Abstract: In this paper, we address two important issues in survival model selection for censored data generated by the Archimedean copula family; method of estimating the parametric copulas and data reuse. We demonstrate that for model selection, estimators of the parametric copulas based on minimizing the selection criterion function may be preferred to other estimators. To handle the issue of data reuse, we put model selection in the context of hypothesis testing and propose a simple test for model selection from a finite number of parametric copulas. Results from a simulation study and two empirical applications provide strong support to our theoretical findings.
    Keywords: Archimedean copula, bivariate survival function, data reuse, miimum-distance estimation, model selection
    JEL: C14 C34 C52
    Date: 2004–08
  7. By: Reinhold Kosfeld (Author-Workplace-Name: Department of Economics, University of Kassel); Jorgen Lauridsen (Author-Workplace-Name: University of Southern Denmark, Department of Economics)
    Abstract: In presence of multicollinearity principal component regression (PCR) is sometimes suggested for the estimation of the regression coefficients of a multiple regression model. Due to ambiguities in the interpretation involved by the orthogonal transformation of the set of explanatory variables the method could not yet gain wide acceptance. Factor analysis regression (FAR) provides a model-based estimation method which is particular tailored to overcome multicollinearity in an errors in variables setting. In this paper we present a new FAR estimator that proves to be unbiased and consistent for the coefficient vector of a multiple regression model given the parameters of the measurement model. The behaviour of feasible FAR estimators in the general case of completely unknown model parameters is studied in comparison with the OLS estimator by means of Monte Carlo simulation.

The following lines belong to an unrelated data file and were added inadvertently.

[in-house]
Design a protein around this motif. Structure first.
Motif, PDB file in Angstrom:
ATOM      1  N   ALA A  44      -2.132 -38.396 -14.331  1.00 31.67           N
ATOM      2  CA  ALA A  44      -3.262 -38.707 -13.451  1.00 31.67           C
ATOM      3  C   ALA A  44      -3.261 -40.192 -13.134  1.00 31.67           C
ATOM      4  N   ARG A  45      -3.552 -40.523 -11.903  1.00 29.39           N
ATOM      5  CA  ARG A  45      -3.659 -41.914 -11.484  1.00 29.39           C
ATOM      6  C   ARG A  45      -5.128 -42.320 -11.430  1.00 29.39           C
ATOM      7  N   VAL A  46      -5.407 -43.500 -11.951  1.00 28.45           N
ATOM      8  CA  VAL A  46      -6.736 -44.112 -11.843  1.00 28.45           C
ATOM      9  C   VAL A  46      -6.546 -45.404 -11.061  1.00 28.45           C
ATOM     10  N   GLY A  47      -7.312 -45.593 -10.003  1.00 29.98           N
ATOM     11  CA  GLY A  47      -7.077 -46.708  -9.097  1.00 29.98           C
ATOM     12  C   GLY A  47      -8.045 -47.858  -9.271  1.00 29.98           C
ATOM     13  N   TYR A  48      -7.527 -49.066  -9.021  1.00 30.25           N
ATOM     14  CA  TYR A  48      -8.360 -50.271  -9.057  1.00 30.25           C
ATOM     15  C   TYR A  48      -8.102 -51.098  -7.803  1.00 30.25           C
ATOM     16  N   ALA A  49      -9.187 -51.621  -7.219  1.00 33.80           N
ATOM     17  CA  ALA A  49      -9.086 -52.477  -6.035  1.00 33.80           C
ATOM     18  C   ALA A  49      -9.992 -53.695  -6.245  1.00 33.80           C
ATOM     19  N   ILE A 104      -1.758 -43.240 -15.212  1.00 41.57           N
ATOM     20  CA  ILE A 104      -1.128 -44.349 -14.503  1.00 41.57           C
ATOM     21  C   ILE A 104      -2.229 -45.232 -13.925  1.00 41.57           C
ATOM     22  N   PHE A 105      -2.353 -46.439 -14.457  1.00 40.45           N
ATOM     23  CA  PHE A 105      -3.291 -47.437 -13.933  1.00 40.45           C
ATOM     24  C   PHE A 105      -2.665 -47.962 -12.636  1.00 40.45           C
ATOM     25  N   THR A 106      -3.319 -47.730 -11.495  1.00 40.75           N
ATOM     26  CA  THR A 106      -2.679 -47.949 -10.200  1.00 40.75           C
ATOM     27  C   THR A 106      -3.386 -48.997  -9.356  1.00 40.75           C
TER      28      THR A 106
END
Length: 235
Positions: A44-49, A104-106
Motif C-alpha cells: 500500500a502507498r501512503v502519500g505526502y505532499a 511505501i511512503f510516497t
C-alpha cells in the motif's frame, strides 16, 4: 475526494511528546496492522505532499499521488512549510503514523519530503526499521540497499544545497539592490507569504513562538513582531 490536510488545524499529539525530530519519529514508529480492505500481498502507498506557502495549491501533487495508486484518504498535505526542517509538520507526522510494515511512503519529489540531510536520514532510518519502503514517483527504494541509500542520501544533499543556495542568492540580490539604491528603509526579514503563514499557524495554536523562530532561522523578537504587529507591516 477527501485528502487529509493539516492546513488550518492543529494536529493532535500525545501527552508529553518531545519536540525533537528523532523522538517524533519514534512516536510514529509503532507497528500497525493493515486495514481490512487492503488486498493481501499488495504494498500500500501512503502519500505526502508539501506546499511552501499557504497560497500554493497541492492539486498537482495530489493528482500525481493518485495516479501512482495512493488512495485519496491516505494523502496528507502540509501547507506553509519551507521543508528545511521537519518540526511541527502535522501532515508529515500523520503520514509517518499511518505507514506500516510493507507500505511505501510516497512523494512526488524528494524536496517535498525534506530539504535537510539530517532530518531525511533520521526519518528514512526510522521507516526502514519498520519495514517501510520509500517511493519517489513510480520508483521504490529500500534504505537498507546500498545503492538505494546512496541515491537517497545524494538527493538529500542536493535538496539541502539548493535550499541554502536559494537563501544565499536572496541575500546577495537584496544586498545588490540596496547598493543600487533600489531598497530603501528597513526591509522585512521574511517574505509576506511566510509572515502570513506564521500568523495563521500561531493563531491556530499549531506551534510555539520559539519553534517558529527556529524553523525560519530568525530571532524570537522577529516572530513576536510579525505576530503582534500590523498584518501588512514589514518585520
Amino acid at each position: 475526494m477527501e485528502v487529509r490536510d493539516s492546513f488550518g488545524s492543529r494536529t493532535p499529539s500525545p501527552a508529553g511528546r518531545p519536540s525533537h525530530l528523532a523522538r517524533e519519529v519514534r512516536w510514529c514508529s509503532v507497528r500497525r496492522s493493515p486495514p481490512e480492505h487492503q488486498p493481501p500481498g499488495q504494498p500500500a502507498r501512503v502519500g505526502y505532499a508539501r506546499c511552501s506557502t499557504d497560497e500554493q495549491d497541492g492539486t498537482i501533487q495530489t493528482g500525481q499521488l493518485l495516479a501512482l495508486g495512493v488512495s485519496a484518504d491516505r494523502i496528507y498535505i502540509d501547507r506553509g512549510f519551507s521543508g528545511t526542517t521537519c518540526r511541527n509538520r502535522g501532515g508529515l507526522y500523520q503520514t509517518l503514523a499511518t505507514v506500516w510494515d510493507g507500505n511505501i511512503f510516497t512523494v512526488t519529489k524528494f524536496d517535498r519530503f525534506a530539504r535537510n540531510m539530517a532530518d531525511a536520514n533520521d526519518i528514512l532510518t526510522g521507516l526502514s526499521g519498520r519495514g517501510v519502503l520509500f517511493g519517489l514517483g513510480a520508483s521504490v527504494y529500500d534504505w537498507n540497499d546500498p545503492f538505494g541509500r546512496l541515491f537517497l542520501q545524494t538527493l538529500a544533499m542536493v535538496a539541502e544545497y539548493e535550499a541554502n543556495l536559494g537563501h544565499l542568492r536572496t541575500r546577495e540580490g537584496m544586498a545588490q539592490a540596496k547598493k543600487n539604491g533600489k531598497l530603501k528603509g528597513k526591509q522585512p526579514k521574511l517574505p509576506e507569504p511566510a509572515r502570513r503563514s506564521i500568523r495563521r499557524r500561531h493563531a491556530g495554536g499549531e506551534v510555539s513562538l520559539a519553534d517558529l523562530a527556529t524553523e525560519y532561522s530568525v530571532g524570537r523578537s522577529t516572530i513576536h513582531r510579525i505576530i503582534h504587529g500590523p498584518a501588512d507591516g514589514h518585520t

Keywords: Factor Analysis Regression, Multicollinearity, Factor model, Errors in Variables
    JEL: C13 C20 C51
    Date: 2004–05

This nep-ecm issue is ©2005 by Sune Karlsson. It is provided as is without any express or implied warranty. It may be freely redistributed in whole or in part for any purpose. If distributed in part, please include this notice.
General information on the NEP project can be found at For comments please write to the director of NEP, Marco Novarese at <>. Put “NEP” in the subject, otherwise your mail may be rejected.
NEP’s infrastructure is sponsored by the School of Economics and Finance of Massey University in New Zealand.